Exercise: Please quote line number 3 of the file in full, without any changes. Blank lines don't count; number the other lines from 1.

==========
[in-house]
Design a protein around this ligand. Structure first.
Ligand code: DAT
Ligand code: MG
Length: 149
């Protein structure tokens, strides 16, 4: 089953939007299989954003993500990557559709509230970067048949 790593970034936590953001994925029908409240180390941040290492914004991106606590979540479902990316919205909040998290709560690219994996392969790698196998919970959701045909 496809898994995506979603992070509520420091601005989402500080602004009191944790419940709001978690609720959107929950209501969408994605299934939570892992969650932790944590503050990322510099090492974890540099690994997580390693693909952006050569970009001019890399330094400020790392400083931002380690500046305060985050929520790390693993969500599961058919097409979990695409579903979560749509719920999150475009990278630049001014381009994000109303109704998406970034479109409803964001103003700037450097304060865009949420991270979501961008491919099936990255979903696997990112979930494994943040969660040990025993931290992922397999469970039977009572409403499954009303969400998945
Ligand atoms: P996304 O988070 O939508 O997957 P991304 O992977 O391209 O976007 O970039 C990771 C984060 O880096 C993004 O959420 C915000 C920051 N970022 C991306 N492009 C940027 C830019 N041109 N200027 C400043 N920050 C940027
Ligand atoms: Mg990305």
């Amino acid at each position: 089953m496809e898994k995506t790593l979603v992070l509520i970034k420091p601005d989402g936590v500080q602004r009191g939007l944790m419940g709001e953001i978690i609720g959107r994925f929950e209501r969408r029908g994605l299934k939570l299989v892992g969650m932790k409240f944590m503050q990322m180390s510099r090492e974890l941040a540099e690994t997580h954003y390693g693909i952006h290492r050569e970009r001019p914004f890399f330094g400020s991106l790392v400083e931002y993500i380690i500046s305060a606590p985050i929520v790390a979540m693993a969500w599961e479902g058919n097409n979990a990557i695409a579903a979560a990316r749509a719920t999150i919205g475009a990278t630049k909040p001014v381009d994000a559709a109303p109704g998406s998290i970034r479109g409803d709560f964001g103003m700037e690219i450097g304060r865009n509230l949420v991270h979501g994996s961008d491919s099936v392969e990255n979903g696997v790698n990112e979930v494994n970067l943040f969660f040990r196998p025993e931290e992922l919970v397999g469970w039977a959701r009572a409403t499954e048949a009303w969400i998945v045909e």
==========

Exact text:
Ligand code: DAT